Today students get to return home to their family much more often, with school age residential students staying a maximum of four nights a week and college age students three weeks. Many students also attend as day pupils.
We have survived two world wars and a number of health outbreaks in the city including typhoid and, in 1832, cholera. Students and staff luckily survived the first cholera wave, but sadly not the second which produced 40 cases with three fatal.
During the First World War the school staff became entirely female, with one exception, as many men went to fight. Staff at the time decided to continue the men’s pay and reinstate them when they returned, though sadly three never did.
Prior to the war we had purchased Mount Radford Lawn, which is still opposite today, however the students had to wait some years to reap its benefits as when complete the wartime measures were affecting food supplies and so the new playing field was promptly dug up for potatoes. During World War Two the swimming pool also did its part for National Service, becoming a static water tank, only returning to normal use in the 1950s.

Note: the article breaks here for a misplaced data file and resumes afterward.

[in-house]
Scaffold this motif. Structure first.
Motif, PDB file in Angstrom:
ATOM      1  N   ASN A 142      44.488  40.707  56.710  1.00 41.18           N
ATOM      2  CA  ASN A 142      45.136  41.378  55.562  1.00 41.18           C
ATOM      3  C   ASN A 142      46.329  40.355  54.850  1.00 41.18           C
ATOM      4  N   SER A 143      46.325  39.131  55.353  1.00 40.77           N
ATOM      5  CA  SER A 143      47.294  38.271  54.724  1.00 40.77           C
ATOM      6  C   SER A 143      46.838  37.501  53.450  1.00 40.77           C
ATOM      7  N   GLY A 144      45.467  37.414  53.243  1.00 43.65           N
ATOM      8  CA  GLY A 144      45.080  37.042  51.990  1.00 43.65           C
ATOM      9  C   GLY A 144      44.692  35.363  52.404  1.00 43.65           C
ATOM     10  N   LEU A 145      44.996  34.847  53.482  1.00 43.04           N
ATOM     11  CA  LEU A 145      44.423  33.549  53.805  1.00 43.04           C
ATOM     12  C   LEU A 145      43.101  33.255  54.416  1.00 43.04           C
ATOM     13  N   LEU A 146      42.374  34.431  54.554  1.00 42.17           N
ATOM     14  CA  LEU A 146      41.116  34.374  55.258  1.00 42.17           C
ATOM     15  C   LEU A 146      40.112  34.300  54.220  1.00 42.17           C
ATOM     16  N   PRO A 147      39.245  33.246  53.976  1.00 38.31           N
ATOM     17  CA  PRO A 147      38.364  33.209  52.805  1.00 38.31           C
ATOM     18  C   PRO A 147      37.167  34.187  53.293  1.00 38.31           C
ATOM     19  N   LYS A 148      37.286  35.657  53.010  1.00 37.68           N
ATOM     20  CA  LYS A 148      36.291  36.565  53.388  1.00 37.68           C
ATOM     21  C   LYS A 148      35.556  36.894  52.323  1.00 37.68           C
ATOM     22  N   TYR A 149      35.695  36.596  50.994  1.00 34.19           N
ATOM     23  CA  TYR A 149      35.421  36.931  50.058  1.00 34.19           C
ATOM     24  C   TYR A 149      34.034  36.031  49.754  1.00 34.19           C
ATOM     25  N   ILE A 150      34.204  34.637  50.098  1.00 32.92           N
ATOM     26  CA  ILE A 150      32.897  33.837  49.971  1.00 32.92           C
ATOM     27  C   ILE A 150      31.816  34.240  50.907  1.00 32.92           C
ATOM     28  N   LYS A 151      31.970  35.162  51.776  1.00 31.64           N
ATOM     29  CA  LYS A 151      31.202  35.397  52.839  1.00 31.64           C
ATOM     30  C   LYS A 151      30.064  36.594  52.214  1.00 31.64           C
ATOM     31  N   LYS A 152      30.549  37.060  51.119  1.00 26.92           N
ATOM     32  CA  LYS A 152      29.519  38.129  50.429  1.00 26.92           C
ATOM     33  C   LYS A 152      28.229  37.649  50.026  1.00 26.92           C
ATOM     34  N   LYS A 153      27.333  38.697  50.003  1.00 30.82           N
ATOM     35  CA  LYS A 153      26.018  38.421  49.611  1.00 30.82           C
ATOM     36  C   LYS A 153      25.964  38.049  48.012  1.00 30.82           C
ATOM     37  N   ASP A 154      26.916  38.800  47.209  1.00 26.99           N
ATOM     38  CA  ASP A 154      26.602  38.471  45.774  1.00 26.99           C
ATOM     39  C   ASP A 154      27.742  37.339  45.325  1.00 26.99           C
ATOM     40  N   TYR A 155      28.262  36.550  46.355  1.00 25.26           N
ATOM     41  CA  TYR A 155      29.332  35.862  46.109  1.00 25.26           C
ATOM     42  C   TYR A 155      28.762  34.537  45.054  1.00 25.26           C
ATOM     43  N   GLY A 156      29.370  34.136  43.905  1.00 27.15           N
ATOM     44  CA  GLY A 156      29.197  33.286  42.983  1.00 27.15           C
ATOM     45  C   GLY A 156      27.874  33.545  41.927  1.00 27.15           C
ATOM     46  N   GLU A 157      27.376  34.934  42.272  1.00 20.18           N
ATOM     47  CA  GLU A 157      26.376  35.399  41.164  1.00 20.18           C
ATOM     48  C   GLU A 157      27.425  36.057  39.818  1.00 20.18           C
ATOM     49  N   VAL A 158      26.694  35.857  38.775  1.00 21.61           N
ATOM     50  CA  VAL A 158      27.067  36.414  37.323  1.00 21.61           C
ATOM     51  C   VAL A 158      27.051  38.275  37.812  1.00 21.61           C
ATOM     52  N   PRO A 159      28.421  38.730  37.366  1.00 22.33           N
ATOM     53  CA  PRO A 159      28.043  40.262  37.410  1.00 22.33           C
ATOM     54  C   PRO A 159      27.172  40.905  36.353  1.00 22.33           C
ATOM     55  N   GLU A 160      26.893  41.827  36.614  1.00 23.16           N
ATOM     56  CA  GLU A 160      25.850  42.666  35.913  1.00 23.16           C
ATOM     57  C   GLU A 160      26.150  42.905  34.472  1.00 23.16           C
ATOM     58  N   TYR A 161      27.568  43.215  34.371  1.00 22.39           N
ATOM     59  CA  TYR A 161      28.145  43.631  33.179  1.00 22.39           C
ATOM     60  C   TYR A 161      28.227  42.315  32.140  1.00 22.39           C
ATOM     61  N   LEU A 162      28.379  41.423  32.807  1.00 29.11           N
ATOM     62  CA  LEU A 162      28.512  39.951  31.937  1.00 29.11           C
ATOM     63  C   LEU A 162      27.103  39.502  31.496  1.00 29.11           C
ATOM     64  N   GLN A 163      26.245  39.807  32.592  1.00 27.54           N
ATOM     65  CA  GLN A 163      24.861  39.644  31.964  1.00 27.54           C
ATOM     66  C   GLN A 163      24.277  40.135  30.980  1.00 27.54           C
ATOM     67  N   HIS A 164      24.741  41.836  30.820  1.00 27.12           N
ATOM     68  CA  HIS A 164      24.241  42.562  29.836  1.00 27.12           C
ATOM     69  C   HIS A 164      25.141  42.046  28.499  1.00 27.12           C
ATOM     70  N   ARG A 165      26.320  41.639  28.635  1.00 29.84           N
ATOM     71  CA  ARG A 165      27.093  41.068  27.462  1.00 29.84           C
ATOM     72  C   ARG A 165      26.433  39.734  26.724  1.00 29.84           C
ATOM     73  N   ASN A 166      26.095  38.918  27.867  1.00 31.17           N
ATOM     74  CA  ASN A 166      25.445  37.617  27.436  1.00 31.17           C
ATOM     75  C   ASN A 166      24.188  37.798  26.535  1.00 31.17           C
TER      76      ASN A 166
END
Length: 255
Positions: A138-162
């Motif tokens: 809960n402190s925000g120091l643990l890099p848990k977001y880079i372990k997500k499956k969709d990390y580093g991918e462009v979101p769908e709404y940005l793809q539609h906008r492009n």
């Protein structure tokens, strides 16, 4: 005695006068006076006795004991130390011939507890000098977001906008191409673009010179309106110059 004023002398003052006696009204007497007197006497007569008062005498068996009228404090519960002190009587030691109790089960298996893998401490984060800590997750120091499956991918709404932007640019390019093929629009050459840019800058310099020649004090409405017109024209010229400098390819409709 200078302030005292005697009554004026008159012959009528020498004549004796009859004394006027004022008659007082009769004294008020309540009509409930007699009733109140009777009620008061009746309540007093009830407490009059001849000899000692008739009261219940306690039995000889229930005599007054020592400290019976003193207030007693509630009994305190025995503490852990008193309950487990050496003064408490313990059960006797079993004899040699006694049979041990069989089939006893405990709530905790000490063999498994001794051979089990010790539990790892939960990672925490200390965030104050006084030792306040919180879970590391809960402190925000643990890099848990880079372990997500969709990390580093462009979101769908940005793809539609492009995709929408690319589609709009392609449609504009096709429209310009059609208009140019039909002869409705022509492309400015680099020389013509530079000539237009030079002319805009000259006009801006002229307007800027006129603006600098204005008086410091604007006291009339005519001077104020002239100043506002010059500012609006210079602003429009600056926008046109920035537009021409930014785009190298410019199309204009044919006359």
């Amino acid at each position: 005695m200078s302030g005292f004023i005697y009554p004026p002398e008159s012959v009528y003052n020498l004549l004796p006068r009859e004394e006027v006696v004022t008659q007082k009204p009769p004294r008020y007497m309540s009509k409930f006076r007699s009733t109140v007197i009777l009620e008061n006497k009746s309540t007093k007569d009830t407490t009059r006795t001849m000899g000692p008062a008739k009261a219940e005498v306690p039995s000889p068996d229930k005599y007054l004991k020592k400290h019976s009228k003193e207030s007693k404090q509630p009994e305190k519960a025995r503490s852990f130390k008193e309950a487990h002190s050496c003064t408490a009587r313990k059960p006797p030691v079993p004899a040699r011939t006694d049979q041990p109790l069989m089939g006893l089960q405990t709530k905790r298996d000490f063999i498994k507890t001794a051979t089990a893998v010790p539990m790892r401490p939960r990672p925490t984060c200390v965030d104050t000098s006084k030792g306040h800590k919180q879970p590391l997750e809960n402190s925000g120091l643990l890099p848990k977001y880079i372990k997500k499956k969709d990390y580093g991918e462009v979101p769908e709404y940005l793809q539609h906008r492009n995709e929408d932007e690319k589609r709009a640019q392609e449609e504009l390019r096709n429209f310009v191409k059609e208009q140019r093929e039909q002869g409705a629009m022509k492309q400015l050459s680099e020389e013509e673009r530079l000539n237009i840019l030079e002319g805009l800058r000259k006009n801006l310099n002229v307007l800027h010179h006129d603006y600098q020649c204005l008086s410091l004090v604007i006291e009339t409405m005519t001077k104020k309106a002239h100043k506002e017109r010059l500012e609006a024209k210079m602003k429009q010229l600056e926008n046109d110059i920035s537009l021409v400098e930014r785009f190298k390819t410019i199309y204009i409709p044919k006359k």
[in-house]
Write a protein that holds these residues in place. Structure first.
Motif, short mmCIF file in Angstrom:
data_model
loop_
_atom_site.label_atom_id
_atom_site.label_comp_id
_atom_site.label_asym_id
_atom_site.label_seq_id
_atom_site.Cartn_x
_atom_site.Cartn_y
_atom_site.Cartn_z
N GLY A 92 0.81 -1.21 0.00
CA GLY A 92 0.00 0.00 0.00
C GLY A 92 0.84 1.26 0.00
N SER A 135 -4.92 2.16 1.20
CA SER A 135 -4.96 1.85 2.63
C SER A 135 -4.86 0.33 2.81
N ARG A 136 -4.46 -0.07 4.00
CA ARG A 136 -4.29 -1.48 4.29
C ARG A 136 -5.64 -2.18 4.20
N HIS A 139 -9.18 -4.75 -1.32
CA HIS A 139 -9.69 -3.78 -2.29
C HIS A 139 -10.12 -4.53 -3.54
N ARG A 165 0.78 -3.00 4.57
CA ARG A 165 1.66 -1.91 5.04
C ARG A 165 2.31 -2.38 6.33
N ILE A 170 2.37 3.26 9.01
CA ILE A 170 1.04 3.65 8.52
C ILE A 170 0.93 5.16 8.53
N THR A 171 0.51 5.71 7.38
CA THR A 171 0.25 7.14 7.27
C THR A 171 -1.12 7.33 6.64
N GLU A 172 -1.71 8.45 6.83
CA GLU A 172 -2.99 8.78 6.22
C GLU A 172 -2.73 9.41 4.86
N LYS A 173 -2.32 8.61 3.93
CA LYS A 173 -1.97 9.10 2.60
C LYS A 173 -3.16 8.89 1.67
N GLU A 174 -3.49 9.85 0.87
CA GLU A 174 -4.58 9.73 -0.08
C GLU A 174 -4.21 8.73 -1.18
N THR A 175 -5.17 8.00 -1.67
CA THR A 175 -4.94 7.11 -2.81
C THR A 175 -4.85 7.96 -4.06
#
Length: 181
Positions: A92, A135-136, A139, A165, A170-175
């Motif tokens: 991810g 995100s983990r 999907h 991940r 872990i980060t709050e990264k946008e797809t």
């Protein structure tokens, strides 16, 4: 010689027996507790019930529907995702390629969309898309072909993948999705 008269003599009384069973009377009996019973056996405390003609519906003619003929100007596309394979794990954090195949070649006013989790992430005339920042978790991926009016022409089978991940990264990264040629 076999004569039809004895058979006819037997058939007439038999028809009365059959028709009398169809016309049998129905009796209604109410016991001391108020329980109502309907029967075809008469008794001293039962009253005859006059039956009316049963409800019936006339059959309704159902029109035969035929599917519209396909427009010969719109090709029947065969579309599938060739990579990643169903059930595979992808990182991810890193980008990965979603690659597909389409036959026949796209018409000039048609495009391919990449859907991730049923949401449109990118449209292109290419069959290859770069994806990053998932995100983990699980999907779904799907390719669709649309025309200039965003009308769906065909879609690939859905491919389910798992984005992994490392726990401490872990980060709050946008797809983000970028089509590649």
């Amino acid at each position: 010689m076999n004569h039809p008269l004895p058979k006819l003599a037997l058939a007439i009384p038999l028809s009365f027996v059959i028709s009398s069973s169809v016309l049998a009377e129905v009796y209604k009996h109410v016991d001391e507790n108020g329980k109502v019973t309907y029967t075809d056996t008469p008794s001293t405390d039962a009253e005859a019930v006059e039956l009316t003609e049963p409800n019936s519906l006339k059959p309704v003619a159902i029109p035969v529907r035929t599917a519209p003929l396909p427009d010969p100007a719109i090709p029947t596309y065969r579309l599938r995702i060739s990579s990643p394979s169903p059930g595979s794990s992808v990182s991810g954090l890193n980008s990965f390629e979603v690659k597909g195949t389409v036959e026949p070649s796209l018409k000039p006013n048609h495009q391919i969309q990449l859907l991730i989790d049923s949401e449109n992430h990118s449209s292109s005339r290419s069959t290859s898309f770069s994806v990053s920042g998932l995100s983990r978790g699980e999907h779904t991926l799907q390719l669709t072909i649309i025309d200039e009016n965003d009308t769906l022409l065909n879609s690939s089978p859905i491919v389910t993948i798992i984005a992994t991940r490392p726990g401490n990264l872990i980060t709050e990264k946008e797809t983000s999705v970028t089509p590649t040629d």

As far back as the 1800s, Deaf students have been integrated in the local community. From 1892, girls studied cookery alongside students at Exeter School on ‘Link’ courses – with many of today’s students studying at nearby Exeter and Bicton colleges.
Girls and boys have also attended Scout and Guide groups including Andrew Ford who in 1955 became the school’s first Queen Scout with 8th Exeter Boy Scouts and attended the St. George’s Day parade at Windsor Castle. A number of residential students are today members of 1st Topsham Sea Scouts.